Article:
Somewhere along the way though, the personal touch in apologetics was lost. Instead of answering problems people had, the focus shifted to telling people how they should behave—how to vote, how to get married, how to raise children, even how to dress.

The intention behind this shift was mostly good—there really are people out there who want to know how a Catholic apologist thinks they ought to fill out a ballot, find the right spouse, raise their kids, and choose their clothes. Instead of discerning the real problem behind these questions though, which is that there are a lot of scrupulous people in the world, apologists accepted the opportunity to become gurus.

While some Catholics welcomed this micromanagement of their lives from apologists, many more Catholics did not. And, frankly, rightly so. But what has been most interesting to me in the past few years is how many Catholics I’ve met who were once part of the conservative constituency who looked up to the New Apologists for guidance in their faith—and who are now “deconstructing” (re-examining the faith to determine if it really is true).

This deconstruction is, I believe, a direct consequence of the New Apologetics, which was built on an uncritical amassing of Scripture, patristics, and Church documents to promote various agendas. For example, when Catholics are told that they absolutely must not vote for a certain political party lest they risk going to hell (and, here, have a truckload of cherry-picked quotes from Church documents to prove it)—even when their intent is to block the rise of a dangerously unqualified authoritarian—many Catholics are eventually going to question the underlying premises of such arguments.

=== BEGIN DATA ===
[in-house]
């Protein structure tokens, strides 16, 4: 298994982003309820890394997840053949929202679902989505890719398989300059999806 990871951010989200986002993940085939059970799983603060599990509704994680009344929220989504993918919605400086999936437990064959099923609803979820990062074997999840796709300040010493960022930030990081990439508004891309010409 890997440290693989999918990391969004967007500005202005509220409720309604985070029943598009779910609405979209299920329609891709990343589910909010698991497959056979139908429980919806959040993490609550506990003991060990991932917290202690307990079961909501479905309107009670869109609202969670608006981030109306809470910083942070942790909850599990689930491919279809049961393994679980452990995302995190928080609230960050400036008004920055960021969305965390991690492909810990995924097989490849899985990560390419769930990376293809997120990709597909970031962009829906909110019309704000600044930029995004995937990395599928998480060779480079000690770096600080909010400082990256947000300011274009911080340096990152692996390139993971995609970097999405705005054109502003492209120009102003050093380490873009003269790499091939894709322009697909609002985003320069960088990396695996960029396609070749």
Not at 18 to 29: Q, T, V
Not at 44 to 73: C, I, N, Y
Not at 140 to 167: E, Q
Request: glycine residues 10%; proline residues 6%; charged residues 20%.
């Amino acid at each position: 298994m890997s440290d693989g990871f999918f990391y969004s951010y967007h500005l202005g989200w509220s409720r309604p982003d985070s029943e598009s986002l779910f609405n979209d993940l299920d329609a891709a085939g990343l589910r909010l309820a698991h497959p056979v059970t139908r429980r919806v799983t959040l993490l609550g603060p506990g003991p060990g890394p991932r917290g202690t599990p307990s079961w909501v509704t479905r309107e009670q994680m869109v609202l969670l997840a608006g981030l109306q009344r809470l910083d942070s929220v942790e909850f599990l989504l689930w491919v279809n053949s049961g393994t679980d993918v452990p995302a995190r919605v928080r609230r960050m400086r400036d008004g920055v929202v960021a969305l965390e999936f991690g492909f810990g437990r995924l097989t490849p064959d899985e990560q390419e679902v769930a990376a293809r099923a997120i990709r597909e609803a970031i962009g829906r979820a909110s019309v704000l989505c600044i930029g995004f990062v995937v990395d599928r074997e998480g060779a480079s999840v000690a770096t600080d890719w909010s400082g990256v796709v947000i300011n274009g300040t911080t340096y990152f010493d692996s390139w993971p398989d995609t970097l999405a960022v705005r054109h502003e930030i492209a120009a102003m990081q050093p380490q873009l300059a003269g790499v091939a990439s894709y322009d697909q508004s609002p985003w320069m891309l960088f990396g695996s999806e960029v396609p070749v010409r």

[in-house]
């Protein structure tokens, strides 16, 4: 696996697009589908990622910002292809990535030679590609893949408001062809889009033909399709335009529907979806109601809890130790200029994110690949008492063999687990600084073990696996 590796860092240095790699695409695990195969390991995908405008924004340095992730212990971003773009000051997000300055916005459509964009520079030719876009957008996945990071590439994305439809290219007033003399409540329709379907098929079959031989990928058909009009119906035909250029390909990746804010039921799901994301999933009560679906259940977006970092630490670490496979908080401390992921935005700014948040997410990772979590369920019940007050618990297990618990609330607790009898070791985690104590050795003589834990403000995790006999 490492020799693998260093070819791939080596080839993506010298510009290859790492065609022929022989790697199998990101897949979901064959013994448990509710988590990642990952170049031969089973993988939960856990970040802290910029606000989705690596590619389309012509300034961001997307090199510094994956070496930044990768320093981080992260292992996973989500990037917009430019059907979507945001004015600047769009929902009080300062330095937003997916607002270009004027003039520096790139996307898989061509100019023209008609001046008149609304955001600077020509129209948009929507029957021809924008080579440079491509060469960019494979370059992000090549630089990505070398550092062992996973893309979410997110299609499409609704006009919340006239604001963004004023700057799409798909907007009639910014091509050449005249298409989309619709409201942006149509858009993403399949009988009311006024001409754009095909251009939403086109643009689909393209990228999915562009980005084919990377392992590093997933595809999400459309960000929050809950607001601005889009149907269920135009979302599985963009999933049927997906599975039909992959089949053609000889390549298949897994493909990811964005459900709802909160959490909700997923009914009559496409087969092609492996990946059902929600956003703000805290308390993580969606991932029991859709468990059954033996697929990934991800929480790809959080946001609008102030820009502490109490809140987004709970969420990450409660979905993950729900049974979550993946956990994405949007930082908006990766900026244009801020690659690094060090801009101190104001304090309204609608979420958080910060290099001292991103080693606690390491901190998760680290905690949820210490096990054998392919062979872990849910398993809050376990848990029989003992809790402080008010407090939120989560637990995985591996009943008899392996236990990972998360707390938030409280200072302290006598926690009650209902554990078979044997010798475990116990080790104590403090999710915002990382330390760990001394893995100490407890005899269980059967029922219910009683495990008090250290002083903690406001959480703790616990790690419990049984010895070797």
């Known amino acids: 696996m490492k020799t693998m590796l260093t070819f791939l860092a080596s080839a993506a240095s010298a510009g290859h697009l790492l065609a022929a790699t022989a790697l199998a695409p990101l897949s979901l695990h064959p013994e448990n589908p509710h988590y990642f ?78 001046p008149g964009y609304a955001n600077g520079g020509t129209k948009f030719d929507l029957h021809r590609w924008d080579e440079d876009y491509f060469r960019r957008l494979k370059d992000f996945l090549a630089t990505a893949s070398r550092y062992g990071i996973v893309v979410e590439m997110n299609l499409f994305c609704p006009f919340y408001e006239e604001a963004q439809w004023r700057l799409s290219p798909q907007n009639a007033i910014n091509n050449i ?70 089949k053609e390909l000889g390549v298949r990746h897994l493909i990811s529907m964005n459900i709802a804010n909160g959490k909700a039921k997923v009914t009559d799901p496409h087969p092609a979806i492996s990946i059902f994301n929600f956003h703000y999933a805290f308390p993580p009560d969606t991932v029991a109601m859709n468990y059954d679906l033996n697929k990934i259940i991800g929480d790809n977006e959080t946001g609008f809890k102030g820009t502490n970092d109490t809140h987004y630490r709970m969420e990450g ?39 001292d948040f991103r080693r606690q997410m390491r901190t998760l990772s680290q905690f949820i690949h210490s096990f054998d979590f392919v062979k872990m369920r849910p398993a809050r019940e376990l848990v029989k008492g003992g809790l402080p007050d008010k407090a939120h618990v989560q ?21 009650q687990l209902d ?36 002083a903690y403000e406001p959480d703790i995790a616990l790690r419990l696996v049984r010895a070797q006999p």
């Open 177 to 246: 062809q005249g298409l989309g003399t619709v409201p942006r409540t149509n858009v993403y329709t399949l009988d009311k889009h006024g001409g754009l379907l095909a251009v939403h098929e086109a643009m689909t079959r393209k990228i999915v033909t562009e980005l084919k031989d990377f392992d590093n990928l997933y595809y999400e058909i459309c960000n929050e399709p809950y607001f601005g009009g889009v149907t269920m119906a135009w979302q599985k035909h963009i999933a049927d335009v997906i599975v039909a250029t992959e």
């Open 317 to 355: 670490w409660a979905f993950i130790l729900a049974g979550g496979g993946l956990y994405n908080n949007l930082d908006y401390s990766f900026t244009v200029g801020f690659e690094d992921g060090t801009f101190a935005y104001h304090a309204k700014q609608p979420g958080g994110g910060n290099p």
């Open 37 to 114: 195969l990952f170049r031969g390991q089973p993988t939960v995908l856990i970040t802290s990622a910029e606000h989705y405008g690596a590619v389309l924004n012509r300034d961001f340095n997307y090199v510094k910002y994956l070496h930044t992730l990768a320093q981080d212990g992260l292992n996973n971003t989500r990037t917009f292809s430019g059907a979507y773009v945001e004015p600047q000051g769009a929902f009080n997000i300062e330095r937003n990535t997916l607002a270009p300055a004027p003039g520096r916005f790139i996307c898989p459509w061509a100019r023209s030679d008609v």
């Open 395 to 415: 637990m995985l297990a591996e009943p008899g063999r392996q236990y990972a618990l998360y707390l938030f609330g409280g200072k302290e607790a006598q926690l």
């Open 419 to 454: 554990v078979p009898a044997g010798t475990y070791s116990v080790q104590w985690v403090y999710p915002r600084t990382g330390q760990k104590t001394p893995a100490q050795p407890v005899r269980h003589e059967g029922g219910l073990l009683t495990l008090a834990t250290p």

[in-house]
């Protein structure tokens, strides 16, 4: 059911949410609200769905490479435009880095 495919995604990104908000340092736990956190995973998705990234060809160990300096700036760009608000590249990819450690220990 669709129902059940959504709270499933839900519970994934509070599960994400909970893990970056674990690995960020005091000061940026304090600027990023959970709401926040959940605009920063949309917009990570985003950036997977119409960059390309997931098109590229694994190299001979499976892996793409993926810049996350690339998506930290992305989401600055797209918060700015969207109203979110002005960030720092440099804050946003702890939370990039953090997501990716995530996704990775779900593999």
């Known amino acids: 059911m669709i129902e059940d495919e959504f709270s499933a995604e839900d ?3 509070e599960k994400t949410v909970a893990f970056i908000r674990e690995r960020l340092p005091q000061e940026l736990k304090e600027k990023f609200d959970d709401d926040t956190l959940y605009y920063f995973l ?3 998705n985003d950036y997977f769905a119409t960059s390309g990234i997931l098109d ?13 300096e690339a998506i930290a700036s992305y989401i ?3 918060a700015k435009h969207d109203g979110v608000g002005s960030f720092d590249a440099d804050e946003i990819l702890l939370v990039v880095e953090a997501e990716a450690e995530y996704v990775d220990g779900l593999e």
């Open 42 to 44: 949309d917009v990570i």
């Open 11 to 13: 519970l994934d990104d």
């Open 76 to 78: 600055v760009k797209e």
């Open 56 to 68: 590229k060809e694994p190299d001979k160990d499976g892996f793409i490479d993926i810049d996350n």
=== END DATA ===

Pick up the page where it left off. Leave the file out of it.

As with all idols, the New Apologetics will eventually fall. Fortunately, Christ didn’t build his Church upon apologetics. Even if hell swallows up the New Apologetics, Christ promised that his Church would endure (Matt. 16:18).

Michelle Arnold was a staff apologist for Catholic Answers, a Catholic apologetics apostolate in the Diocese of San Diego, California, from 2003–2020, answering questions from clients about the Catholic faith via phone, letter, email, and online platforms. She contributed essays to Catholic Answers’ online and print magazines, and wrote four booklets for the apostolate’s 20 Answers series. Her 20 Answers booklets were on Judaism, the New Age, witchcraft and the occult, and the Church’s liturgical year. Now a freelance writer, editor, and proofreader, Michelle Arnold has a blog at the Patheos Catholic channel. A portfolio of her published essays is available at Authory.